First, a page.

Samson Kambalu (born 1975) is a Malawi-born, London-based artist and author, who trained as a fine artist and ethnomusicologist at the University of Malawi’s Chancellor College.
Ghost Dance marks Samson Kambalu’s first solo exhibition with Goodman Gallery in which the Malawi-born multimedia artist presents a series of new films (dubbed ‘Nyau Cinema’) in the form of a site- specific installation. The exhibition explores concepts of time, ritual and values from an alternative non-Western perspective.
That which is seemingly meaningless and unrecorded by history, will eventually leak out of the woodwork
– Samson Kambalu
Kambalu’s overall approach to filmmaking is influenced by short, silent and improvised cinema that he experienced growing up in Malawi in the 1980s. The artist grounds his cinematic practice in a Malawian Chewa Gule Wamkulu ritual, known as Nyau – a form of psychogeographical mask-making, which is defined by spontaneity, playfulness and a non-linear approach to time.
The films were made in America in the last three years including
during a three-month residency at the Headlands Center of the Arts
in San Francisco. They follow a specific set of rules that Kambalu has established as the defining principles of Nyau Cinema*. As the rules dictate, impromptu site-specific interactions with the environment are documented, and, for this body of work, performed by the artist himself.
Kambalu explains the seemingly random encounters recorded in his films as a way of ‘extracting poetry out of nothing – a continued exploration of how we might find meaning in what appears to be meaningless.’
Evoking the myths and histories of the ‘Wild West’ and taking the form of vignettes that last under a minute (as per Rule Number One), the films draw on American Western folklore, Situationist psychogeography, early film and primitive cinema, such as flipbooks and kinetoscopes. They also explore the artist’s relationship between his African heritage and popular American cultures: from vaudeville to jazz and the blues.
The films will be projected onto the gallery walls from stacked Kinetescopic plinths, each engraved with different US postal codes
to invoke unstable Western systems for dividing and allocating land. Speaking to the connection he wishes to draw between the seeminlgy rigid but easily collapable plinths and the non-Western fluid approach to land that is taken in the films, the artist poetically states that ‘the plinths shake with the excess of history which bleeds from these improvised totems in the form of Nyau cinema’.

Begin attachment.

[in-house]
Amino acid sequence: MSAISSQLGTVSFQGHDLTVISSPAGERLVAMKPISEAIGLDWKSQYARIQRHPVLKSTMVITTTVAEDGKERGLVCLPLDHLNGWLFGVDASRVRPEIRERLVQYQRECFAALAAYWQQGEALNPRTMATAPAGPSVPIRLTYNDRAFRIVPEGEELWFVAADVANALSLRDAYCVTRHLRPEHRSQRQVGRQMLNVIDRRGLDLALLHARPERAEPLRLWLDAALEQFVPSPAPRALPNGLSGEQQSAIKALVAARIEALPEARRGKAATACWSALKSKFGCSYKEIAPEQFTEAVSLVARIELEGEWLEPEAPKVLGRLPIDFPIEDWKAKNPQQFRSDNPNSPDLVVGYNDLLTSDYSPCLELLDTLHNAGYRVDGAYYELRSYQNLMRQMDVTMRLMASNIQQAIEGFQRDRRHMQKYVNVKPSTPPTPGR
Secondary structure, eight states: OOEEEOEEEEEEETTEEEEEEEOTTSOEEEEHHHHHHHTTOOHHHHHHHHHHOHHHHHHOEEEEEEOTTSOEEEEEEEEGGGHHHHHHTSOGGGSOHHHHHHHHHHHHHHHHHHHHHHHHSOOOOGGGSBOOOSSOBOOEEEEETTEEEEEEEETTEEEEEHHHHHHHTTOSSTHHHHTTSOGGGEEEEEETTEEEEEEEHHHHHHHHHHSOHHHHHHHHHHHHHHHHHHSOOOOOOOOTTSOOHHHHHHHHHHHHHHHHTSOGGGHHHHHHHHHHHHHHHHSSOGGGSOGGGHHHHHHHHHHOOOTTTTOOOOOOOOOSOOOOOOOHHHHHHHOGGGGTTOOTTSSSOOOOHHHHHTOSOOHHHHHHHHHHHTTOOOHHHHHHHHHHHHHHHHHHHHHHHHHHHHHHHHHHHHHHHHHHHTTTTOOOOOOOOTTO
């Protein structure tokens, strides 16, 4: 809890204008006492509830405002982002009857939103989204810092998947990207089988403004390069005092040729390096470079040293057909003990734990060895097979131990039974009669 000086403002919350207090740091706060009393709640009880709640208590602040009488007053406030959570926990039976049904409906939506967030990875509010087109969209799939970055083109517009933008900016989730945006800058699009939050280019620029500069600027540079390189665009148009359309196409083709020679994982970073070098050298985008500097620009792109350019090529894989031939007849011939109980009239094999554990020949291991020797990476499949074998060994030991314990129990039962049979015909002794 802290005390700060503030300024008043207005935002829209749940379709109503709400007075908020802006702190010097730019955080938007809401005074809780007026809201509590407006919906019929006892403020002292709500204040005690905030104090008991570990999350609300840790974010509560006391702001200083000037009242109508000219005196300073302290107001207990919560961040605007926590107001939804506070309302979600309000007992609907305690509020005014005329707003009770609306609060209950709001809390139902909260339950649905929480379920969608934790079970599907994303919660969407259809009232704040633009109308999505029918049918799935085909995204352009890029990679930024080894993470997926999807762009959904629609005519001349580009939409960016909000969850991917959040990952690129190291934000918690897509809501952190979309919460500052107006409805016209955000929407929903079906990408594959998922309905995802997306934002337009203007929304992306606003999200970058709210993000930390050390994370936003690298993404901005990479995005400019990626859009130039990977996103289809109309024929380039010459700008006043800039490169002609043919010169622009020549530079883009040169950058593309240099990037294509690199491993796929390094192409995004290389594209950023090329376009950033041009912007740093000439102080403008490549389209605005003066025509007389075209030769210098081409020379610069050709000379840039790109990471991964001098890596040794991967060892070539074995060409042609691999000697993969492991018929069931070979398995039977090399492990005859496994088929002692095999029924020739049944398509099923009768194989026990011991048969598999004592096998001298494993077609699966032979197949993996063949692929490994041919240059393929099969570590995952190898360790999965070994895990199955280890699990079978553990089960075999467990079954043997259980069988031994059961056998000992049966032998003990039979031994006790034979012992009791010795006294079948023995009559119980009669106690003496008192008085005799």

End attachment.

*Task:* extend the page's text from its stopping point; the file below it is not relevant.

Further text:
Kambalu (b. 1975, Malawi) works with site-specific installation,
video, performance and literature. His work is autobiographical
and approaches art as an arena for critical thought and sovereign activities. He regards his work as a form of playful dissent that fuses the Nyau gift-giving culture of the Chewa, the anti-reification theories of the Situationist movement and the Protestant tradition of inquiry, criticism and dissent. Kambalu has a studio in London, but will soon be based between the capital and Oxford where he will take up the position of Professor of Fine Art at Ruskin, Oxford University where he has also been elected fellow at Magdalen College. He studied
at the University of Malawi (BA Fine Art and Ethnomusicology, 1995-99);Nottingham Trent University (MA Fine Art, 2002-03) and Chelsea College of Art and Design (PhD, 2011-15). Kambalu has shown his work around the world, including Dakar Biennale (2014, 2016), Tokyo International Art Festival (2009) and the Liverpool Biennial (2004, 2016). He has won research fellowships with Yale University and Smithsonian Institution and was included in All the World’s Futures, Venice Biennale 2015.
*Nyau Cinema: Ten Rules
1. Nyau film must be conceived as a clip no longer than a minute.
2. Performance should be spontaneous and site/specific to found architecture, landscape, or object.
3. There must always be a conversation between performance and the medium of film.
5. Costume must be from everyday life.
6. Acting must be subtle but otherworldly, transgressive, and playful.
7. Editing must be limited to the aesthetics of primitive film and silent cinema.
8. Audio must be used sparingly, otherwise it must be performed live at film screenings.
9. Screening of a Nyau film must be in specially designed cinema booths or improvised cinema installations that complement the spirit of the films.
10. Nyau cinema must encourage active participation from audience.